Race: Out Loud this week is all about attitude. That includes the perceptions people of different backgrounds sometimes have of one another--especially when they share a neighborhood.
In many African American neighborhoods in Chicago, tension simmers between black customers and Arab corner store owners. The tension is often around this stereotype: outsiders doing business in low-income neighborhoods. But who are the Middle Eastern immigrants who set up shop in black communities, where their corner stores thrive, in part because the areas lack grocery stores. One Arab businessman talks about his relationships with his customers, and Chicago.
Mohammad Bani Yassin co-owns Mali Foods on West 69th Street. He sells Kool-Aid and candy, cereal and cigarettes, T-shirts and toilet paper. No liquor because it’s against his Muslim faith.
Yassin is stocky with a thick mustache. He wears a light blue workman’s jacket. Seven days a week he works behind the glass-encased counter.
In the background, Yassin, a native of Jordan, listens to the news in Arabic.
Yassin says it’s not a hard life in America.
YASSIN: About me, about my life I did not try to do anything wrong. I’m not smoke cigarettes, I’m not smoke weed, I’m not drinking alcohol, I’m not go to the boat. I don’t do girls, you know. That’s me. My life is straight.
In many communities, customers complain about poor service and poor food selections at corner stores.
But Yassin says his relationship with black customers in this Englewood neighborhood is good. He says he’s polite and sells items to customers even if they’re a quarter short. I’ve noticed a vibe of mutual respect and friendliness.
YASSIN: When I’m coming here, talk with me this location is tough location. But I make friendship with all the people here. All of them now my friends.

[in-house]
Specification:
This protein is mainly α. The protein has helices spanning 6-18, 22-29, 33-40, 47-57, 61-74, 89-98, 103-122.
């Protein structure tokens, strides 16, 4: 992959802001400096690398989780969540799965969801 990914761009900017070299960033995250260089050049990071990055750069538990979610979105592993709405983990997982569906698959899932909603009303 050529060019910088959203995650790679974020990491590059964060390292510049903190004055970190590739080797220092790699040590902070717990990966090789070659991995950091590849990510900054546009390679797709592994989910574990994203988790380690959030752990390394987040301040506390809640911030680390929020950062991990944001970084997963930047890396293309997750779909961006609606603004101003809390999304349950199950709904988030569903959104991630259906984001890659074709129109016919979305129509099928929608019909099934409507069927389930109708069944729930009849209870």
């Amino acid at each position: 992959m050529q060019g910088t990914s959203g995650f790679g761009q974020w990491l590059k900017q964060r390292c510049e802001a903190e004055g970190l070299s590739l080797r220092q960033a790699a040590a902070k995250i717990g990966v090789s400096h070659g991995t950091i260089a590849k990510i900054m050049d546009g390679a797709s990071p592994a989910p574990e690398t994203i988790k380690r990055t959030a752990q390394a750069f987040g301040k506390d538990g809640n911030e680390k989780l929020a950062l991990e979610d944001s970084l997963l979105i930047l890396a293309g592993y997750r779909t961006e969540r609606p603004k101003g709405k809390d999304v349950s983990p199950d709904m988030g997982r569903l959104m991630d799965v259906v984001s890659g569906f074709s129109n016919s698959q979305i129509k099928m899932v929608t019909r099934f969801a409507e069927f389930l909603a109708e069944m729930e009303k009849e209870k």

Yassin was born in a village in north Jordan in 1944. He says he served in the military and worked for a biscuit maker.
Divorced with 15 children, Yassin came to the States in 2005 upon the advice of a cousin who lives here.
Yassin began working in Chicago’s South Shore area at fast-food places and grocery stores.
YASSIN: I can’t go to work construction. I can do it but about my age it’s easy to work in grocery stores like this.
A friend from Palestine had this store on West 69th Street and needed someone he could trust to help run it.
The store name was supposed to be Malik, an Arabic word. In the paperwork, the name got misspelled to Mali.
Yassin moved up from worker to co-owner several months ago.
Yassin has no plans to move back to Jordan, even though he loves his homeland. And there’s another reason he wants to stay -- his wife of three years.
They met at a J&J Fish restaurant where Yassin worked the cash register.
YASSIN: She order same order. She like wings, she likes gizzards. I don’t like gizzards. One day she’s coming in, she was mad, mad. I ask her why you mad?
Yassin says the Haitian woman told him that her husband had died. He gave her a discount. She continued coming in for her chicken. A relationship blossomed and they married.
The couple lives on the North Side near Devon Avenue.
Although he’s in an interracial relationship, race isn’t something Yassin thought about in his homeland.
Now he’s confronted with race living in America.
YASSIN: I’m not white or black. Pakistani, Indian, what we call him? Something coming from Egyptian, from Syria, from Iranian. Many countries. I don’t know what you call them.
Yassin acknowledges his Arab heritage. But when people ask him what his roots are--he simply tells them he was born in Jordan.